Commenting on the potential for tech platforms to leverage this opportunity, Cackel says “third-party cookies are based on a 90s sub-optimal technology which creates unneeded complexity (in terms of both privacy and the unsustainability of the millions of cookie-matching requests which take place every second). While the latest Google proposal would surely solve those two points, these changes should not be a pretext for competitive advantage (e.g. removing granular targeting capabilities for the publishers and only allowing it within walled gardens and social platforms)”.
Given Google’s vested interest (nearly 90% of its revenue depends on tracked advertising), the consensus is that it will hold true on its assurances of developing robust and ad-friendly replacement technology well before switching off cookies.
What alternatives will Google provide?
Perhaps the most important initiative revealed is FLoC, which groups users based on similar interests while keeping individuals anonymous. Google reports that testing has been promising, with nearly a 350% improvement in recall and 70% in precision. However, as VideoWeek observes, FLoC is not a “wholesale replacement for third-party cookies”. While the API enables targeting based on users’ interests, it does not solve issues such as measurement and fraud prevention.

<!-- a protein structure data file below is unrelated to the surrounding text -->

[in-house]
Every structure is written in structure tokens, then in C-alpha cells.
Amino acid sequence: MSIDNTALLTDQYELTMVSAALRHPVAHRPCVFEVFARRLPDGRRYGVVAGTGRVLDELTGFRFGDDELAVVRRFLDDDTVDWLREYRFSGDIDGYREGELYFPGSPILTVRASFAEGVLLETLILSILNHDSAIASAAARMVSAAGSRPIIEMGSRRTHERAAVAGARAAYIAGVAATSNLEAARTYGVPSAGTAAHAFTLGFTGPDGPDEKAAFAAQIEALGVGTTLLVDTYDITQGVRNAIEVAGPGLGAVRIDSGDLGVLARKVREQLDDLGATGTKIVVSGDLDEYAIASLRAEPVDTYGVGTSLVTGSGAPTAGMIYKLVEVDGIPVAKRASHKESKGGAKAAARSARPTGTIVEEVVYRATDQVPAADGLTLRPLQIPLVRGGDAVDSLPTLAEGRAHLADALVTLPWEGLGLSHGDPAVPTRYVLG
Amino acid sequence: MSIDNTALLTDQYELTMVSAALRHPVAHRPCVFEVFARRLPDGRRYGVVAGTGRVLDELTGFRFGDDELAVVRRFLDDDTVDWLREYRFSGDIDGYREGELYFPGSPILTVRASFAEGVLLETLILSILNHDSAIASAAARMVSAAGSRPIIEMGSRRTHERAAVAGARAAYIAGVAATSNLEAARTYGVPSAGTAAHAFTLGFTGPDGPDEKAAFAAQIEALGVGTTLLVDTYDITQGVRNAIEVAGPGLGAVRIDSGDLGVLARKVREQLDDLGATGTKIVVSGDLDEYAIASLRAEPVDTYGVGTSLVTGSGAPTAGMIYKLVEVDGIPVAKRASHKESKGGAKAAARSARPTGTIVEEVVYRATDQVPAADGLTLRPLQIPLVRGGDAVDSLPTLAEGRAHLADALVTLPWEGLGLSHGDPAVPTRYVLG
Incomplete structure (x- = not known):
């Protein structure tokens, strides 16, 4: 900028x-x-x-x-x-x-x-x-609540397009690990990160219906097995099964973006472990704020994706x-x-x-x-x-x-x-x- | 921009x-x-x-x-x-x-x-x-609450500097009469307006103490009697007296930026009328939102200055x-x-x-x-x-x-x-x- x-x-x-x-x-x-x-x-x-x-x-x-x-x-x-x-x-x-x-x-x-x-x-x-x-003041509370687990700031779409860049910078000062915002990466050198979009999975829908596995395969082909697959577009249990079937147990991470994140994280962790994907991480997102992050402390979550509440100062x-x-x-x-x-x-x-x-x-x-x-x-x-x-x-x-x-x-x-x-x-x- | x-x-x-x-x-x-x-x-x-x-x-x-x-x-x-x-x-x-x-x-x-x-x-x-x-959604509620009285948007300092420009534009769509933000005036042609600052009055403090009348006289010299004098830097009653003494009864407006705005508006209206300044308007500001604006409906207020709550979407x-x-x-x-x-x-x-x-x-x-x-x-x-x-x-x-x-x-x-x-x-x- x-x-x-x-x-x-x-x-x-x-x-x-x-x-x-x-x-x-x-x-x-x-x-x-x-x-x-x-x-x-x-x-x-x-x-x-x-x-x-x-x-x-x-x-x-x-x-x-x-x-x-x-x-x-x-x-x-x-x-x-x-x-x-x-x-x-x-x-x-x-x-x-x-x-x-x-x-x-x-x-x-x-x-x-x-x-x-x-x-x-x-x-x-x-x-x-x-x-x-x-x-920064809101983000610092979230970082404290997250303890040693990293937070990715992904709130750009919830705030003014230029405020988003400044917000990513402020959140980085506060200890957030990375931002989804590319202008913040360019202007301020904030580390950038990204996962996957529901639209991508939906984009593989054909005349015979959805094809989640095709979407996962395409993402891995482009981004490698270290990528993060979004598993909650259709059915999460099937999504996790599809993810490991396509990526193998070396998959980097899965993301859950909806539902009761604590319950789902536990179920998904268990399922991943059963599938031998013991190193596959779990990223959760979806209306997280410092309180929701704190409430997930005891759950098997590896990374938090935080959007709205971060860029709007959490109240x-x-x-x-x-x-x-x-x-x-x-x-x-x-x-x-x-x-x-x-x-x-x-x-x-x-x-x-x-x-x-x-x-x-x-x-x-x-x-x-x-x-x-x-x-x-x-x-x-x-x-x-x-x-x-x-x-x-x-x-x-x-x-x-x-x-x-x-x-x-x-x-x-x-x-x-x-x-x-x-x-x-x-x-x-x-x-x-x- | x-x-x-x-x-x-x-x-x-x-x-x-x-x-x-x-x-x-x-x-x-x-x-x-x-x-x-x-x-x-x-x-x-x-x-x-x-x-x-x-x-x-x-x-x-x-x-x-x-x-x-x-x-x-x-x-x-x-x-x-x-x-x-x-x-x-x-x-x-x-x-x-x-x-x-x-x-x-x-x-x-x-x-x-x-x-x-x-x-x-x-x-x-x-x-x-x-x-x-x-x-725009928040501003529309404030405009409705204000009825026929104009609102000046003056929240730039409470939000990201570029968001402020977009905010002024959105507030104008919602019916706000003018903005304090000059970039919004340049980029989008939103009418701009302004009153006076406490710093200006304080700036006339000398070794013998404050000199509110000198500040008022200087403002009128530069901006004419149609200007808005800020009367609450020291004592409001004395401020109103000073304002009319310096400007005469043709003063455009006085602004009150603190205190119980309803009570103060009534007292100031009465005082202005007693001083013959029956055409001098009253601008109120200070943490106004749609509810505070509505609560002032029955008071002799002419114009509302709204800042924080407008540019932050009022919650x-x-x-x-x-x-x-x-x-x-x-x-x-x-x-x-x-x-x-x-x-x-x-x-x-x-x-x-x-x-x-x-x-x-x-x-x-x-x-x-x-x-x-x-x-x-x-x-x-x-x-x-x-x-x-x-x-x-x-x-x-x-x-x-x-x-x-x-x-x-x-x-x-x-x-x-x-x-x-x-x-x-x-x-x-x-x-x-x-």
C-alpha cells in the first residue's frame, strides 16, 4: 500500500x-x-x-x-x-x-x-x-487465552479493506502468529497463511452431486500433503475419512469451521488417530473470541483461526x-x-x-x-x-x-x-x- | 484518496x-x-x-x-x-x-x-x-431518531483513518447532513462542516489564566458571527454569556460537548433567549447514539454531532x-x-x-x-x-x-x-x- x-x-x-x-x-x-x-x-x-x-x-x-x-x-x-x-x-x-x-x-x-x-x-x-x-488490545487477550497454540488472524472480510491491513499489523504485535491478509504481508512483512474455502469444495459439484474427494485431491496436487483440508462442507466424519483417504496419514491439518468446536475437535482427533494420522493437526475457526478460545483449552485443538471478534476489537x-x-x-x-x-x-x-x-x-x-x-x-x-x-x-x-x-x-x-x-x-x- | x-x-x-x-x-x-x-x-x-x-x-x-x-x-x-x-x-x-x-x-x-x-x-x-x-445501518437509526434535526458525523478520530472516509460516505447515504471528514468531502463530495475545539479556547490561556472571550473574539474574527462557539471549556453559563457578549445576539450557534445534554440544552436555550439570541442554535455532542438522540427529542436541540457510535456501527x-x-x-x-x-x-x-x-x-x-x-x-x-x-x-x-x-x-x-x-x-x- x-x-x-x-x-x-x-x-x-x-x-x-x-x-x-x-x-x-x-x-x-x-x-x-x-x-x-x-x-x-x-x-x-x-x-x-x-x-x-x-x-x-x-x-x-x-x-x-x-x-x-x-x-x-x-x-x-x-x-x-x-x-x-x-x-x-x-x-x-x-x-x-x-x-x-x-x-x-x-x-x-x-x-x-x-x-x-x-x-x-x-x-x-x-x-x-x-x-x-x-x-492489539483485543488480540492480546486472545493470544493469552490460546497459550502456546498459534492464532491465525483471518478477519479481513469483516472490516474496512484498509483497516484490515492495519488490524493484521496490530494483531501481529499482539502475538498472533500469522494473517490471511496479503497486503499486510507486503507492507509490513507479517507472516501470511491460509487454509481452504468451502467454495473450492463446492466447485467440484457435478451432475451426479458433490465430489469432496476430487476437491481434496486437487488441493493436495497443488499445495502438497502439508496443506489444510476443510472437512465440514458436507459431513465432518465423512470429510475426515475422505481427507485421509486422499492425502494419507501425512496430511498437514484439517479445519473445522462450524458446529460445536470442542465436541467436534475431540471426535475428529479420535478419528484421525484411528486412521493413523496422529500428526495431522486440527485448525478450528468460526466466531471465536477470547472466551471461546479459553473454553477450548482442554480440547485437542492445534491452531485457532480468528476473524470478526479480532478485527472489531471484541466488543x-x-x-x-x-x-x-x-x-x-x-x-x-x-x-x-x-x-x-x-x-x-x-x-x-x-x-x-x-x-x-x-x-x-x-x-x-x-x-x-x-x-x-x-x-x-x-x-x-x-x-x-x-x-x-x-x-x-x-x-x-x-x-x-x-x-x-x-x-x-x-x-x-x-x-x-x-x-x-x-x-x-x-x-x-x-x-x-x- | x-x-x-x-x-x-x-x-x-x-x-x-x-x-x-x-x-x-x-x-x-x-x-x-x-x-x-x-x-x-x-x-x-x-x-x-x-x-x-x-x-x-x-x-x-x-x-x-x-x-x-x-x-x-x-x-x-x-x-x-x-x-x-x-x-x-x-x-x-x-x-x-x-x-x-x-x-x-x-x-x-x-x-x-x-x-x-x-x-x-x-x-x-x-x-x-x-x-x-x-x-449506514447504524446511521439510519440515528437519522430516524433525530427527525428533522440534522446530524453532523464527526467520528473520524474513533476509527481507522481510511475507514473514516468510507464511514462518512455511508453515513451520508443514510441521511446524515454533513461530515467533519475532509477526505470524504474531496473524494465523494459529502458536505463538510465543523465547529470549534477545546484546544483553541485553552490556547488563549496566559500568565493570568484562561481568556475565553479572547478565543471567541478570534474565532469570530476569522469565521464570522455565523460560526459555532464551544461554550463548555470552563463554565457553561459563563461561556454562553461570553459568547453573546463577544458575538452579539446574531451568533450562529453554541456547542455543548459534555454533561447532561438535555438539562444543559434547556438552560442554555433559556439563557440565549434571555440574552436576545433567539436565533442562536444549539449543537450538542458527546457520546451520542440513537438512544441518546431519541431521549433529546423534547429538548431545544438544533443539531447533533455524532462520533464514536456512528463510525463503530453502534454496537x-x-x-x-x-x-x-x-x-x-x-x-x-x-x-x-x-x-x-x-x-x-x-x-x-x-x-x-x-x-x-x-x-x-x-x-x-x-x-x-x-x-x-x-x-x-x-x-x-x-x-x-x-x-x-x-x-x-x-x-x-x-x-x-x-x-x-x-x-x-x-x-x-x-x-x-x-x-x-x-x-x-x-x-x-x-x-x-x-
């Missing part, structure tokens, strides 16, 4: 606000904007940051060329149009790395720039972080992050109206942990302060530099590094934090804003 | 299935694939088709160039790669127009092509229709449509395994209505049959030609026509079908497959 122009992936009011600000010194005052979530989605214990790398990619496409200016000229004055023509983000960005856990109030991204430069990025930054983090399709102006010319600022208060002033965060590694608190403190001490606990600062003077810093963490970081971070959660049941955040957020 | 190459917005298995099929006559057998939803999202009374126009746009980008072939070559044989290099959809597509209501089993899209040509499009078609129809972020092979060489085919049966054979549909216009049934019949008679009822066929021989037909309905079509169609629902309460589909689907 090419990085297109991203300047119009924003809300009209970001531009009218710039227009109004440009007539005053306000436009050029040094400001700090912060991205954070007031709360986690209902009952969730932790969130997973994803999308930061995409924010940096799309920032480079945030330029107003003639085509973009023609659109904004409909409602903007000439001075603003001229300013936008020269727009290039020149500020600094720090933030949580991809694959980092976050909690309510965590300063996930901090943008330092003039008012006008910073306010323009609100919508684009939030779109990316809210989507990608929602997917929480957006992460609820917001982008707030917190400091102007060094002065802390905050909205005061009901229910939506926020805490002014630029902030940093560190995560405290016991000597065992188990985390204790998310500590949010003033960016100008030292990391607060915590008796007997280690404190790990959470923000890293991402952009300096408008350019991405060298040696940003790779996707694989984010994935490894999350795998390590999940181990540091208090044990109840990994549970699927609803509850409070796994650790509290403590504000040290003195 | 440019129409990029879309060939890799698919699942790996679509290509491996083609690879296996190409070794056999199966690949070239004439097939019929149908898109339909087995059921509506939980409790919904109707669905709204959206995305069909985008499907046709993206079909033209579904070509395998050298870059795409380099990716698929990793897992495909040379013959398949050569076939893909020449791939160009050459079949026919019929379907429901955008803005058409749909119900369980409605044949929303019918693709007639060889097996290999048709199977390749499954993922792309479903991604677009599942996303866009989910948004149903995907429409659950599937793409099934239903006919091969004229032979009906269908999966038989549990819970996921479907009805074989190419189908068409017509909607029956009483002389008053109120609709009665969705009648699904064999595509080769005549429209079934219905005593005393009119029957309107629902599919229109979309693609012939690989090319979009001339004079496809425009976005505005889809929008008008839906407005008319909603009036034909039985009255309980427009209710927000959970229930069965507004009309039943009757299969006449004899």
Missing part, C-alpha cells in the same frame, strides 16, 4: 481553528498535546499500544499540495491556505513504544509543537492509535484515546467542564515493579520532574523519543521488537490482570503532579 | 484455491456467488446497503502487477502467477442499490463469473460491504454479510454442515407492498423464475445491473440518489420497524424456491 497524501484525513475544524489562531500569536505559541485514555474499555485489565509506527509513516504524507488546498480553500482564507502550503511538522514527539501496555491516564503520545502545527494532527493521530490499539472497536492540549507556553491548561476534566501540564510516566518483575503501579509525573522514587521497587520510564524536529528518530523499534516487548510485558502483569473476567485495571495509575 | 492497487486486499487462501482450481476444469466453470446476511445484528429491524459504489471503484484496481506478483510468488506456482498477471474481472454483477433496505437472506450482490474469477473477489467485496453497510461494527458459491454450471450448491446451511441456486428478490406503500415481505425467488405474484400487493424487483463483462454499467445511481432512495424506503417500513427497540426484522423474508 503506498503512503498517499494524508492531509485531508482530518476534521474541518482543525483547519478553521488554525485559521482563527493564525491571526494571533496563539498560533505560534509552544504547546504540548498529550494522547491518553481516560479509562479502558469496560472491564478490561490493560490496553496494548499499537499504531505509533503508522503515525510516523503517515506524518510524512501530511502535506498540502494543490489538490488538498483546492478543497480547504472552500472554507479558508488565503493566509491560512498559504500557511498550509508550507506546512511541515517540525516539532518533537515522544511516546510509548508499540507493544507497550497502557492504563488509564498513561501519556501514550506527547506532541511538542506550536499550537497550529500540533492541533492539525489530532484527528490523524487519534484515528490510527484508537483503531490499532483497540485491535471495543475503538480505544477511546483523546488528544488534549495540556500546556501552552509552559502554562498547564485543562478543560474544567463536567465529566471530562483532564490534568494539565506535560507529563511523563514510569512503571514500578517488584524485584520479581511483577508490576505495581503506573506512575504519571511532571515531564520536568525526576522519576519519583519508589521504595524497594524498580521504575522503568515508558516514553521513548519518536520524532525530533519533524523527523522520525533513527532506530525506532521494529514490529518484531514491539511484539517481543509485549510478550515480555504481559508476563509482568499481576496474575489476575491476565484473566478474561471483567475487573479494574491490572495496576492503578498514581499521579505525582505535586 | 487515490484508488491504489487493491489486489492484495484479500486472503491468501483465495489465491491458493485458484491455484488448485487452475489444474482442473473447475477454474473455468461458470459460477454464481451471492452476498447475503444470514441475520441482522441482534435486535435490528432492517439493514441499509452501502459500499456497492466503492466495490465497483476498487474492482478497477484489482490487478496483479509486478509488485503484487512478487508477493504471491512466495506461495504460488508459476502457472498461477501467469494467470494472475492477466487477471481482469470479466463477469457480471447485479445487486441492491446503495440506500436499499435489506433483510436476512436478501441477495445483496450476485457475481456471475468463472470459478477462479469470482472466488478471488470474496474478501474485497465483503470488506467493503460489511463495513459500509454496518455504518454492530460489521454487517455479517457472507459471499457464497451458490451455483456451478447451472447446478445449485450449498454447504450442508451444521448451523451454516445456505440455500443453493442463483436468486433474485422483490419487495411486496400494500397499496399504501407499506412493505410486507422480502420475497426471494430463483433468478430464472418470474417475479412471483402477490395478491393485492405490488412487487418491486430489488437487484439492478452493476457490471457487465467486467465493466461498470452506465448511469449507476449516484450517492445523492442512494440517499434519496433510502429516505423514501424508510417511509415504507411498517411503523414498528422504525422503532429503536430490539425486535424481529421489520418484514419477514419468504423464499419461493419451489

Another initiative in progress is to replace cookies with Trust Tokens, which authenticate a particular user (while remaining non-personalized and cryptographically-signed), before placing users in aggregated groups.
Meanwhile, TURTLEDOVE, which stands for “Two Uncorrelated Requests, Then Locally-Executed Decision On Victory”, works in two stages.
First, a contextual ad request and an interest group ad request are sent at different times. This de-correlation prevents enriching any type of contextual ad request with interest group information, and vice versa.
Second, the ad auction occurs client-side rather than server-side, so that the platform conducting the auction cannot tie the two requests together.
Google is also currently testing an expansion on this proposal known as FLEDGE.
This article is an extract from our free to download report, How Publishers Can Swap Out The Cookie Jar.
Author, How Publishers Can Swap Out The Cookie Jar